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Student Power of Attorney

Posted August 15, 2012 in Advice Column, Beaverdale, Grimes, Johnston, Urbandale, Waukee, Windsor Heights

As your family gets ready to go back to school, you should review your access to your child’s financial, academic and medical information. A child becomes a legal adult at age 18, regardless of whether the child still lives at home or is a dependent of the parent. This adult status may limit your ability to assist your child or learn vital information.

Most financial institutions, schools and insurance companies strictly enforce privacy-protection laws. It is often difficult to obtain another adult’s financial or medical information. However, parents are often the ones who pay for post-secondary education. In addition, the Affordable Care Act requires insurance plans and issuers that offer dependent coverage to make that coverage available until the adult child reaches the age of 26. Children can now be covered by a parent’s health insurance throughout college and beyond.

This can result in a situation where a parent is paying for college tuition, but is unable to learn what classes a child is taking or what grades he or she is receiving. A child can be covered by a parent’s health insurance, yet the parent may be barred from learning what medical services, procedures, and prescriptions are being used.

To be able to access your adult child’s information and to be able to help them navigate through policies, forms and applications, you should consider having your child execute a power of attorney. A power of attorney is an instrument in which your child can designate you to act on their behalf. Instead of being a document that permits you to take over the affairs of an incompetent individual, a student power of attorney empowers the parent to act concurrently with the dependent. It allows the young adult to include you in important decisions, and it grants you the access to information for which you are paying.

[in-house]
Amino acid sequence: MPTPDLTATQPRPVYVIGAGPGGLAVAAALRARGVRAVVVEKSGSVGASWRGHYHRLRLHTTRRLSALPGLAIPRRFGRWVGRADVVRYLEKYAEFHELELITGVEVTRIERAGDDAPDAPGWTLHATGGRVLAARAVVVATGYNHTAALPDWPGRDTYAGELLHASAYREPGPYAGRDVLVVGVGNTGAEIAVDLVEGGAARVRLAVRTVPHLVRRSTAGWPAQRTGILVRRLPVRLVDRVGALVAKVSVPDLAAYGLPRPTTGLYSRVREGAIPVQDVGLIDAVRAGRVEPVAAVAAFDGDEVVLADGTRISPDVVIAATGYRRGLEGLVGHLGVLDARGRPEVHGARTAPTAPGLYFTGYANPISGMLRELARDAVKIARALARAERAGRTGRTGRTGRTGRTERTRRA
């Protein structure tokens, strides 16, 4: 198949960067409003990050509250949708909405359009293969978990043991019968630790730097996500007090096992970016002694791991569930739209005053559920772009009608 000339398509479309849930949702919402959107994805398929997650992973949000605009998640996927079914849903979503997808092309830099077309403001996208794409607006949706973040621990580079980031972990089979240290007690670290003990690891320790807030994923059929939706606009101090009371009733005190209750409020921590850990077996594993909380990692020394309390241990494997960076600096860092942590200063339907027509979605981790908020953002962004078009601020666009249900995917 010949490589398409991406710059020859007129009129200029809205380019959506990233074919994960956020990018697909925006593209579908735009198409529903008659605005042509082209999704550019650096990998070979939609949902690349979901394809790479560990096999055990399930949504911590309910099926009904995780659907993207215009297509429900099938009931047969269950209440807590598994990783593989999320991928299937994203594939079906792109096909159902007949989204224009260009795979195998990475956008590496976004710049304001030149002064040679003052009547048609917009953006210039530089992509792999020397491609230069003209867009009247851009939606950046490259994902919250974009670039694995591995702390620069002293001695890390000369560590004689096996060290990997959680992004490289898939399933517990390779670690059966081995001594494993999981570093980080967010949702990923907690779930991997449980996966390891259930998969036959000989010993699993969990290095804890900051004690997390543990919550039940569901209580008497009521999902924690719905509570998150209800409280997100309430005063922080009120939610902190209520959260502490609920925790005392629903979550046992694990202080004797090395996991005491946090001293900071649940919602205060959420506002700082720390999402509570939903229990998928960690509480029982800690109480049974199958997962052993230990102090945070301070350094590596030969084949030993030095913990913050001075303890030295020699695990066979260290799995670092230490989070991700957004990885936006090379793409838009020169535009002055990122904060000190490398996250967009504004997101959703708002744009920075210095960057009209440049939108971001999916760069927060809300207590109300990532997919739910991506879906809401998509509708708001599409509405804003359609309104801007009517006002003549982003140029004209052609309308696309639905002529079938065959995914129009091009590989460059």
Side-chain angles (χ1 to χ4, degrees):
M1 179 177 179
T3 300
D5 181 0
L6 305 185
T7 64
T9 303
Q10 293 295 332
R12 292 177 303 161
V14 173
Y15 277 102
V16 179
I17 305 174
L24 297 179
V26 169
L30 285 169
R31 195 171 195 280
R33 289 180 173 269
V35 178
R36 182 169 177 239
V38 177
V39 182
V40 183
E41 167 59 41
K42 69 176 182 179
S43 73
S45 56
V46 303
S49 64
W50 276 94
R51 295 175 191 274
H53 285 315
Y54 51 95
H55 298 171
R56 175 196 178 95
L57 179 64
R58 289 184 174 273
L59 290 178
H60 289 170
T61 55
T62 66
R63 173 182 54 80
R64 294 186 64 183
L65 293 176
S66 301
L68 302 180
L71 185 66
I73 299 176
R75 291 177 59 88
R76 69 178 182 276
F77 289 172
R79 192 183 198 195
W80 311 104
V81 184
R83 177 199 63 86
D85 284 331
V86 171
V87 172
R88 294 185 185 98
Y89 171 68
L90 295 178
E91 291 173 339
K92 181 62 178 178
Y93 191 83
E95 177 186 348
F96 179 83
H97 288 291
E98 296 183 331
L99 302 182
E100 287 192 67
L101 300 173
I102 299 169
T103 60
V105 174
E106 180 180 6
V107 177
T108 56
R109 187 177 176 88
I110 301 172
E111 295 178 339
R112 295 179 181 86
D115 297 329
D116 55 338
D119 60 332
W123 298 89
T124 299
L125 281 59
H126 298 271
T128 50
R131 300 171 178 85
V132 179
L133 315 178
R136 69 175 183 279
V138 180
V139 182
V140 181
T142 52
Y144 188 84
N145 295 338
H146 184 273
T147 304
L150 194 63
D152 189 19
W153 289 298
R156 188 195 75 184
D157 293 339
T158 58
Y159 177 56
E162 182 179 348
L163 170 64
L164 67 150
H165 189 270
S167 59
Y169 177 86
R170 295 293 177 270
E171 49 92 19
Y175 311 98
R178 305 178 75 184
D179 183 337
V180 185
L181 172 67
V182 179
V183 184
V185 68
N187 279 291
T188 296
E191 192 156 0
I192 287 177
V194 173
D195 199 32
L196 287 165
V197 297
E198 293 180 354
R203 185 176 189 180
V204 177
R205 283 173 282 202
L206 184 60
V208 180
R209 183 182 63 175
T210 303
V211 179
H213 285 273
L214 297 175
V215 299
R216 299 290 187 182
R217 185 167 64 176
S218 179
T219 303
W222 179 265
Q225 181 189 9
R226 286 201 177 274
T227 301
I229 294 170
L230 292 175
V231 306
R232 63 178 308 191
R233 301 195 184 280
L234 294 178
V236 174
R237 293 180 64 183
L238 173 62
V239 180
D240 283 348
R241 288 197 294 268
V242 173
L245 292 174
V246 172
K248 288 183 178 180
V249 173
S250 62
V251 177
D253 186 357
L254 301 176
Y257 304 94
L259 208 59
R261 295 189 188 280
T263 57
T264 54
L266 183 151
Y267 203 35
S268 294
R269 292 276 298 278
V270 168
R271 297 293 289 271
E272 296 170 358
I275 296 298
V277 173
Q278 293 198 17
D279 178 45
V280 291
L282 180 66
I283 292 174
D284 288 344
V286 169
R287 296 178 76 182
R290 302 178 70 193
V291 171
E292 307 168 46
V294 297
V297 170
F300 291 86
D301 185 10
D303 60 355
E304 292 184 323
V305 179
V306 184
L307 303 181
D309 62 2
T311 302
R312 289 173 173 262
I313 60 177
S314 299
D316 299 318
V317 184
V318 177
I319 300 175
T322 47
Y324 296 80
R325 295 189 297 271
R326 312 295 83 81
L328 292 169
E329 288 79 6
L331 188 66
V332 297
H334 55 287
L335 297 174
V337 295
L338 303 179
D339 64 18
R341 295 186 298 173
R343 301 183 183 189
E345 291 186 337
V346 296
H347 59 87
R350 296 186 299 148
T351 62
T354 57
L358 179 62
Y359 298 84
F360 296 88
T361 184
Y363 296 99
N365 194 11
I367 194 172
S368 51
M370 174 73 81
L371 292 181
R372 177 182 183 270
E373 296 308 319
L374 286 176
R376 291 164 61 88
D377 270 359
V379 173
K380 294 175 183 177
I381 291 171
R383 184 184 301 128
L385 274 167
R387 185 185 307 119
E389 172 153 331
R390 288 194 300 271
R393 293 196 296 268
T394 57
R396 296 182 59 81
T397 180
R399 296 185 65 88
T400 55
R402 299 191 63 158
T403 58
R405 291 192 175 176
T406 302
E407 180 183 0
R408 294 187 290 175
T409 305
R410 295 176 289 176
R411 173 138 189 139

The power of attorney for families is not limited to young adults; it is also useful for parents with minor children. A power of attorney can allow parents to designate someone else to have access to a minor child’s information. This is useful when parents are vacationing or a family member is providing child care. The power of attorney gives the caretaker the ability to take a child to the doctor, contact a school or interact with a daycare provider.

Review your information options; a power of attorney can be a useful tool for families with dependent children.

Information provided by Ross Barnett, attorney for Abendroth and Russell Law Firm, 2560 73rd St., Urbandale, 278-0623, www.ARPCLaw.com.

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